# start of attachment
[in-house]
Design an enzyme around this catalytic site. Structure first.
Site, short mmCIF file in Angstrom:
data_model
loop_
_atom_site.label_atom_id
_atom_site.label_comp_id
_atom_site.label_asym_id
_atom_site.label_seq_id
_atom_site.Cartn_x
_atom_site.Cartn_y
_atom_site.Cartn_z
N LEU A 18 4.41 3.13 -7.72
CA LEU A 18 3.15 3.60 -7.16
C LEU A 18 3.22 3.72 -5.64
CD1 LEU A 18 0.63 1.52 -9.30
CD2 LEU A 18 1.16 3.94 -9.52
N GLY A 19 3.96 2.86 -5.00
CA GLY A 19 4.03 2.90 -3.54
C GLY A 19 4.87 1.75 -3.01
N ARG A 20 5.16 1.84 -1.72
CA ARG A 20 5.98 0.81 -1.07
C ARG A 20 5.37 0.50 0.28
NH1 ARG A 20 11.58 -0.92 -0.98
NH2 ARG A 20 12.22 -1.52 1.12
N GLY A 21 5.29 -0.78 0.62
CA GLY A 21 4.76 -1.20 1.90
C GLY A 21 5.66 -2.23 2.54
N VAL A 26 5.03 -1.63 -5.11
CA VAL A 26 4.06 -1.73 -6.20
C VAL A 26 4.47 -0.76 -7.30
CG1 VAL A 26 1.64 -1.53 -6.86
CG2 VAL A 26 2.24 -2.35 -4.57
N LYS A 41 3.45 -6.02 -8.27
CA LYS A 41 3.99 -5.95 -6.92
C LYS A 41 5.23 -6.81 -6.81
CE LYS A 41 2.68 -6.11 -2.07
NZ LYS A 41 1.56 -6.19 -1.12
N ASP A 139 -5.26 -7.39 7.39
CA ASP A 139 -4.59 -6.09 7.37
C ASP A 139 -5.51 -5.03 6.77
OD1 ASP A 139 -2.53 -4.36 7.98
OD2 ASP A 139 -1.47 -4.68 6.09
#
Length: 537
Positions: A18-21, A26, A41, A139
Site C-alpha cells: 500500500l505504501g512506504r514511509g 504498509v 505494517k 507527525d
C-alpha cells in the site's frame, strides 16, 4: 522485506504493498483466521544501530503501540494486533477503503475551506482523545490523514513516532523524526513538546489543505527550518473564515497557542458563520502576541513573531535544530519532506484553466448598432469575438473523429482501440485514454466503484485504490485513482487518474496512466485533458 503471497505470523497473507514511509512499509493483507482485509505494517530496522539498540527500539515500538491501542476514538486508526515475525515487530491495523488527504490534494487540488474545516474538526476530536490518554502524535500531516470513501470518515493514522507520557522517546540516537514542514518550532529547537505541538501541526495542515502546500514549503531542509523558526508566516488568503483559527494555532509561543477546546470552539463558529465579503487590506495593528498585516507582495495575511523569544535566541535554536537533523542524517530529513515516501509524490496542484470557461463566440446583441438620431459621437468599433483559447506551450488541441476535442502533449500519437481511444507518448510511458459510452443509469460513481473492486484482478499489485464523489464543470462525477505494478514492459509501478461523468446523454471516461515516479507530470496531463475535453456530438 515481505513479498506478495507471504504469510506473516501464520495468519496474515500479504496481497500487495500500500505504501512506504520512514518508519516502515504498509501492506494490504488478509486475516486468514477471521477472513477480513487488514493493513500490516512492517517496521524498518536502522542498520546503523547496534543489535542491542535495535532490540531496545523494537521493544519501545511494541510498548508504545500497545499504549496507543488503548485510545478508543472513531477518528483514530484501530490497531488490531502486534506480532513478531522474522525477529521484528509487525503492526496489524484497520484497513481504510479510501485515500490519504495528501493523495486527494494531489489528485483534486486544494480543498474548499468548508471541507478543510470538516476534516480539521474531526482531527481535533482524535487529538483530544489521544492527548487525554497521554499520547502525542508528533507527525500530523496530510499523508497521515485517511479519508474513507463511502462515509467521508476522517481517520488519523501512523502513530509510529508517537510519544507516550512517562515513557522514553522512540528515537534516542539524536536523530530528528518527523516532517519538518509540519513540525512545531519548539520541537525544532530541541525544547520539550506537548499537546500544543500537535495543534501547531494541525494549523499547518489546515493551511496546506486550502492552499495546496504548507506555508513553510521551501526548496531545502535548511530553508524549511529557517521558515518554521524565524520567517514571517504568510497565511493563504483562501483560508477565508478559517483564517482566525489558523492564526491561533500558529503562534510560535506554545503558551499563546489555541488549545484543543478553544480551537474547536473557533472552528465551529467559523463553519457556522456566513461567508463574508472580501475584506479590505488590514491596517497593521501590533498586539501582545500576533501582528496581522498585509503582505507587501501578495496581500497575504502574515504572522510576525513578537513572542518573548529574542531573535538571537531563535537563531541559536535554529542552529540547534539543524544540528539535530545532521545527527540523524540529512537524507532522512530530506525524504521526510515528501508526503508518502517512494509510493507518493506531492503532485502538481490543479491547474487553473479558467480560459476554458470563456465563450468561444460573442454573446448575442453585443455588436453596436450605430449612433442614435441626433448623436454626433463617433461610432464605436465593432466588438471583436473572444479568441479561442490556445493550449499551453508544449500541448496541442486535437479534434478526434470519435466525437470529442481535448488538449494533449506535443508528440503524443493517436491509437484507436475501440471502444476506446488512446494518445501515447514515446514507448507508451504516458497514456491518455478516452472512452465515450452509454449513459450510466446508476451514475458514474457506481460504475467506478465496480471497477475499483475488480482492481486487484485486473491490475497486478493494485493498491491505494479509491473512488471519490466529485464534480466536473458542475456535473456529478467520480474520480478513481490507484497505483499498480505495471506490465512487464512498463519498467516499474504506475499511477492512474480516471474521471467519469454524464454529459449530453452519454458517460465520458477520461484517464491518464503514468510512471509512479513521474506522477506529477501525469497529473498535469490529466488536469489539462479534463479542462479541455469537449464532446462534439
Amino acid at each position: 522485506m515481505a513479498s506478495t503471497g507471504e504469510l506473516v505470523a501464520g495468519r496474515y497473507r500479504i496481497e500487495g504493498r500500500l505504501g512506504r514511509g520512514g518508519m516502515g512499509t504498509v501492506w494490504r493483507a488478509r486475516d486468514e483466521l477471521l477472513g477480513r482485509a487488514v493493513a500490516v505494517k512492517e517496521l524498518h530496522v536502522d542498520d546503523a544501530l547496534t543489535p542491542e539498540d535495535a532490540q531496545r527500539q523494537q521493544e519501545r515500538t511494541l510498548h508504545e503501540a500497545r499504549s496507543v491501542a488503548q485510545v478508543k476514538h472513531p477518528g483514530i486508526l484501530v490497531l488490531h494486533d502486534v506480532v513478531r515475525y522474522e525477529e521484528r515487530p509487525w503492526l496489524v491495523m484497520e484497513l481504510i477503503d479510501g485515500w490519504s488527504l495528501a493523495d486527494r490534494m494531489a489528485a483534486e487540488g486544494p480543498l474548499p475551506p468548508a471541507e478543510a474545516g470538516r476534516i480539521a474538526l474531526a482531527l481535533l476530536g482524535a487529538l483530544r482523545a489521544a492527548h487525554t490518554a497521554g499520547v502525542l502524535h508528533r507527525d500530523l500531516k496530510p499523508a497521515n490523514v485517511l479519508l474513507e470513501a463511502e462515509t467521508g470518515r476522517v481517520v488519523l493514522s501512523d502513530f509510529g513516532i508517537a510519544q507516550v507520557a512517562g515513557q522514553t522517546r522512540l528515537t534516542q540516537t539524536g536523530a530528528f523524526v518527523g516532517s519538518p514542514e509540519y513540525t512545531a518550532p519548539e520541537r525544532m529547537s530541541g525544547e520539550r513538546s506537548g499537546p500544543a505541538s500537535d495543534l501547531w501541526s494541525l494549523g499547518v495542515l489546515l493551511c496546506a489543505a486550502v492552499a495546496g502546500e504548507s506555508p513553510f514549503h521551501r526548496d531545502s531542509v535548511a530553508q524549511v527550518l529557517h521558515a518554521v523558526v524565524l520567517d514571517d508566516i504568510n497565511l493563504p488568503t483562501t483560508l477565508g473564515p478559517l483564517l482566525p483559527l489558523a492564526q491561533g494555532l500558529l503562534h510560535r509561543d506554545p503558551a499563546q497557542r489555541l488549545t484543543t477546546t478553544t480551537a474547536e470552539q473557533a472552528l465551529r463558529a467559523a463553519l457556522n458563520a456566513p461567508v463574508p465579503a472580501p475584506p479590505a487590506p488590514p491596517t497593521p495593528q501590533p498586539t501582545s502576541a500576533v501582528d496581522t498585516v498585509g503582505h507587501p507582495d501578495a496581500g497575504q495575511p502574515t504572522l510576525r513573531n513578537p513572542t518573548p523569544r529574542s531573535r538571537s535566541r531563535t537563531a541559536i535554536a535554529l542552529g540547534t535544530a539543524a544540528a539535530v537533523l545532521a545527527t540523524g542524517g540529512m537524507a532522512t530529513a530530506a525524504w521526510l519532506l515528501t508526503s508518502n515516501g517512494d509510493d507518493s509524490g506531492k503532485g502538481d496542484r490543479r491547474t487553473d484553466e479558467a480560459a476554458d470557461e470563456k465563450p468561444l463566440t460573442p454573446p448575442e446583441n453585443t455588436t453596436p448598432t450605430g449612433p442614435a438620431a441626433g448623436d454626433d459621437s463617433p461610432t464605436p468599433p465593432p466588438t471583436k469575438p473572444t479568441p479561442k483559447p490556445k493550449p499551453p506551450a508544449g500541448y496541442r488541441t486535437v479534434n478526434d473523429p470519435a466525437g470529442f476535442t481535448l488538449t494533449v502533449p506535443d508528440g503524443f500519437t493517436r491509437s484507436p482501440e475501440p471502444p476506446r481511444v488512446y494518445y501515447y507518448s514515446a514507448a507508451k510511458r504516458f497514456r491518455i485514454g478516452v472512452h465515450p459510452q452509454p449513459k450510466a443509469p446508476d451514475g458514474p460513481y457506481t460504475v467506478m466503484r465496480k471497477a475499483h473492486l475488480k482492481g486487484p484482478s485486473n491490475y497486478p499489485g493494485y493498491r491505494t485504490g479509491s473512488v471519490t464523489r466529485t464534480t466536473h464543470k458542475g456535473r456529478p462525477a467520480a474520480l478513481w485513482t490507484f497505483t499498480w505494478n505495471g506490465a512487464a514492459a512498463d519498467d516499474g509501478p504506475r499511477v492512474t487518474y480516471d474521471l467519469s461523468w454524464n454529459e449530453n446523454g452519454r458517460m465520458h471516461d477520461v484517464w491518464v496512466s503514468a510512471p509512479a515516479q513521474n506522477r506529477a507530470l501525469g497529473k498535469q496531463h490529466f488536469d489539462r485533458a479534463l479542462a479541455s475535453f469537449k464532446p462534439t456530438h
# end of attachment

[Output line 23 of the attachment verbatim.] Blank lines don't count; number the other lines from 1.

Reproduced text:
C ARG A 20 5.37 0.50 0.28